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The secrets of UX and UI roles explained

The secrets of UX ...
Source: Juhan Sonin

There seems to be a great deal of confusion when it comes to defining UX and UI, even from company to company (and agency to agency). In fact, leaders in the field don’t necessarily agree what the roles include or what title they should be given.

Which is why we’re ecstatic that Min Ming Lo from Pixelapse put together this great article outlining the differences between design roles. We think it is an excellent guide to what each role typically involves.

Thank you to our client Eye-D Creative, for providing the examples used as visual representation of the roles discussed.


  • UX designers are primarily concerned with how the product feels.
  • They explore many different approaches to solving a specific user problem.
  • They ensure that the product logically flows from one step to the next.
  • This might be done by conducting in-person user tests to observe one's behaviour.
  • They refine and iterate to create the "best" possible user experience.

Wireframes of screens, storyboards, sitemap

Tools of the trade: Photoshop, Sketch, Illustrator, Fireworks, InVision, Axure, Omnigraffle, Balsamiq, Visio

Example: Homepage wireframe

eye-d 1


  • User interface designers are responsible for how the product is laid out.
  • They are in charge of designing each screen or page ensuring that the UI visually communicates the path that a UX designer has created.
  • This can include small tweaks to the layout to improve the usability.
  • Maintaining consistency in visual elements and defining behavior such as how to display error / warning states, fall under the purview of a UI designer.

Deliverables: Flat designs of screens

Tools of the trade: Photoshop, Sketch, Illustrator, Fireworks, Indesign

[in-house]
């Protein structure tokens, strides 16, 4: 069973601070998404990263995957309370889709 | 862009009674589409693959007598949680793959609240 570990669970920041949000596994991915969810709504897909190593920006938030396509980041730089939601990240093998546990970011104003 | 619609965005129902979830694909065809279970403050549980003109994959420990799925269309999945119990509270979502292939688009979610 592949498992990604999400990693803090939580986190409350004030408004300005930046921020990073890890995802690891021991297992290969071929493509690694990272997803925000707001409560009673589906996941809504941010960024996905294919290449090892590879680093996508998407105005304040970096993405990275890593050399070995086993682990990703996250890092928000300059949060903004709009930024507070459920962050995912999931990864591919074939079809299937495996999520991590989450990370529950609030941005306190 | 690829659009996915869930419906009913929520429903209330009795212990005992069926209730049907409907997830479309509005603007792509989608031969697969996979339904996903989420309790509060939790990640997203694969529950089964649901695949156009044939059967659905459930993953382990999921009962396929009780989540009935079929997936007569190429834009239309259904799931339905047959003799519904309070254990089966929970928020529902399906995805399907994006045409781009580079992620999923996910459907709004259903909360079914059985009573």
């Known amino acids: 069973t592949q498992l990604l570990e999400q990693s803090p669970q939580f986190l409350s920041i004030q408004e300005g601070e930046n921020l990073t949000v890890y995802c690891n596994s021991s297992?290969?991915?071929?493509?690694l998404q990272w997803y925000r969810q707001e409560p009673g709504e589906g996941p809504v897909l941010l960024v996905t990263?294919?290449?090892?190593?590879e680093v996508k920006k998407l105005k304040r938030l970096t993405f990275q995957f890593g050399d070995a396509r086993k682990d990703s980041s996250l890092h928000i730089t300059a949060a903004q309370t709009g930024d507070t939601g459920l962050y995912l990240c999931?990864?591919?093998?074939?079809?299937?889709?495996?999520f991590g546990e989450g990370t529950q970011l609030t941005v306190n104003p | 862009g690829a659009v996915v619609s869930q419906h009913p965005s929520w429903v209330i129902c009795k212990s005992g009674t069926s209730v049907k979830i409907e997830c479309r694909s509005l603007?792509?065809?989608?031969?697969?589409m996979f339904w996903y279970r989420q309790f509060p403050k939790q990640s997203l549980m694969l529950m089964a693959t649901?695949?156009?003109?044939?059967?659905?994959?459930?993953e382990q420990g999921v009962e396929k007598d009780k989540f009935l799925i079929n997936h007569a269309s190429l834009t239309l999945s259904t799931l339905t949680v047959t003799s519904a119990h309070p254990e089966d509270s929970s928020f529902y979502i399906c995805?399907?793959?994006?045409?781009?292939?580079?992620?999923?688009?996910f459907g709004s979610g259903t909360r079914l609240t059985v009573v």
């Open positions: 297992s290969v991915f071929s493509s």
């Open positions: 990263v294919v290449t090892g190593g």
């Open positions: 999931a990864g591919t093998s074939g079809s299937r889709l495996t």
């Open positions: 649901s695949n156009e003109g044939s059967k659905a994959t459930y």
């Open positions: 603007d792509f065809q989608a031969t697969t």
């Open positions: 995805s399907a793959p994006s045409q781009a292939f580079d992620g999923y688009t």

NOTE: The boundary between UI and UX designers is fairly blurred and it is not uncommon for companies to opt to combine these roles.


  • A visual designer is the one who pushes pixels
  • Visual designers are not concerned with how screens link to each other, nor how someone interacts with the product.
  • Their focus is on crafting beautiful icons, controls, and visual elements and making use of suitable typography.

Pixel perfect designs of the screens

Tools of the trade: Photoshop, Sketch

NOTE: It is also fairly common for UI designers to pull double duty and create the final pixel perfect assets. Some companies choose not to have a separate visual designer role.

Example: Homepage design

eye d 2



  • Interaction designers deal with what the interface does after a user touches it.
  • Unlike visual designers who usually deal with static assets, motion designers create any animated elements.
  • For example, they decide how a menu should slide in, what transition effects to use, and how a button should fan out.

Animated screen assets

Tools of the trade: AfterEffects, Core Composer, Flash, Origami


  • The goal of a researcher is to answer the twin questions of "Who are our users?" and "What do our users want?" 
  • This entails interviewing users, researching market data, and gathering findings.
  • Design is a process of constant iteration. Researchers may assist with this process by conducting A/B tests to tease out which design option best satisfies user needs.

User personas, A/B test results, Investigative user studies & interviews

Tools of the trade: Mic, Paper, Docs, Camtasia

NOTE: UX designers also occasionally carry out the role of UX researchers.


  • Front-end developers are responsible for creating a functional implementation of a product's interface.
  • They translate a static mockup into a working, interactive experience.
  • They are also responsible for coding the visual interactions that the motion designer comes up with.

The final online product

Tools of the trade: CSS, HTML, JavaScript

Example: Live website

There can be a great deal of crossover on these roles, and the title of each role can vary from company to company.

If you want more clarification on UX roles, or want to find out where you sit between junior to senior, then check out this blog post on UX Job Descriptions Made Easy(er).

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